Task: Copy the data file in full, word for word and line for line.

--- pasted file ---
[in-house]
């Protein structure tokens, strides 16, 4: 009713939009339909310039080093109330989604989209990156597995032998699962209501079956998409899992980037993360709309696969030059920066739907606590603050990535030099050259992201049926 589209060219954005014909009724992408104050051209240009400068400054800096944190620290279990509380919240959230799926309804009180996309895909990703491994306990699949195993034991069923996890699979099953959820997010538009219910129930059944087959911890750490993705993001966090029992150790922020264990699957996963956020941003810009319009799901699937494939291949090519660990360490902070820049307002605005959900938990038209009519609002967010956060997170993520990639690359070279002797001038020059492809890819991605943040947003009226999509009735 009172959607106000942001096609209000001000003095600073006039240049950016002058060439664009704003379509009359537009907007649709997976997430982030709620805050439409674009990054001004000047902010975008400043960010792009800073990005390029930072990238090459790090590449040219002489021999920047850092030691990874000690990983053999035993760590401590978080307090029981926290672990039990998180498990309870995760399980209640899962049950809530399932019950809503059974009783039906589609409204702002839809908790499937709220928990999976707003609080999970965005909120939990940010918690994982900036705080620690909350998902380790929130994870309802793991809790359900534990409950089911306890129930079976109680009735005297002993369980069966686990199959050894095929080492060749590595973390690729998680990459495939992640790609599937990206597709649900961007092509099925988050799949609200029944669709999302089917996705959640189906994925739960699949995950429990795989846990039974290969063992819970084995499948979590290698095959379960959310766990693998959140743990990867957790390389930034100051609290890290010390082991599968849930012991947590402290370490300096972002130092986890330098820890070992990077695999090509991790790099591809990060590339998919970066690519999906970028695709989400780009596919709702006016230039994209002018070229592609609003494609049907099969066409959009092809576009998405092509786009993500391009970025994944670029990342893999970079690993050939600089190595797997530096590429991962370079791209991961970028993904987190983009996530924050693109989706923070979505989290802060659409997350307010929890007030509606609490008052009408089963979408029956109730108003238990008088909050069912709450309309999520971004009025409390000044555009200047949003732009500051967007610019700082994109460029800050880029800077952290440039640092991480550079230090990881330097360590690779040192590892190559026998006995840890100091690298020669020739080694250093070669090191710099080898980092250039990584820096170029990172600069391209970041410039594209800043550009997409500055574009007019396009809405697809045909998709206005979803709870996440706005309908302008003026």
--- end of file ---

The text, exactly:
[in-house]
């Protein structure tokens, strides 16, 4: 009713939009339909310039080093109330989604989209990156597995032998699962209501079956998409899992980037993360709309696969030059920066739907606590603050990535030099050259992201049926 589209060219954005014909009724992408104050051209240009400068400054800096944190620290279990509380919240959230799926309804009180996309895909990703491994306990699949195993034991069923996890699979099953959820997010538009219910129930059944087959911890750490993705993001966090029992150790922020264990699957996963956020941003810009319009799901699937494939291949090519660990360490902070820049307002605005959900938990038209009519609002967010956060997170993520990639690359070279002797001038020059492809890819991605943040947003009226999509009735 009172959607106000942001096609209000001000003095600073006039240049950016002058060439664009704003379509009359537009907007649709997976997430982030709620805050439409674009990054001004000047902010975008400043960010792009800073990005390029930072990238090459790090590449040219002489021999920047850092030691990874000690990983053999035993760590401590978080307090029981926290672990039990998180498990309870995760399980209640899962049950809530399932019950809503059974009783039906589609409204702002839809908790499937709220928990999976707003609080999970965005909120939990940010918690994982900036705080620690909350998902380790929130994870309802793991809790359900534990409950089911306890129930079976109680009735005297002993369980069966686990199959050894095929080492060749590595973390690729998680990459495939992640790609599937990206597709649900961007092509099925988050799949609200029944669709999302089917996705959640189906994925739960699949995950429990795989846990039974290969063992819970084995499948979590290698095959379960959310766990693998959140743990990867957790390389930034100051609290890290010390082991599968849930012991947590402290370490300096972002130092986890330098820890070992990077695999090509991790790099591809990060590339998919970066690519999906970028695709989400780009596919709702006016230039994209002018070229592609609003494609049907099969066409959009092809576009998405092509786009993500391009970025994944670029990342893999970079690993050939600089190595797997530096590429991962370079791209991961970028993904987190983009996530924050693109989706923070979505989290802060659409997350307010929890007030509606609490008052009408089963979408029956109730108003238990008088909050069912709450309309999520971004009025409390000044555009200047949003732009500051967007610019700082994109460029800050880029800077952290440039640092991480550079230090990881330097360590690779040192590892190559026998006995840890100091690298020669020739080694250093070669090191710099080898980092250039990584820096170029990172600069391209970041410039594209800043550009997409500055574009007019396009809405697809045909998709206005979803709870996440706005309908302008003026």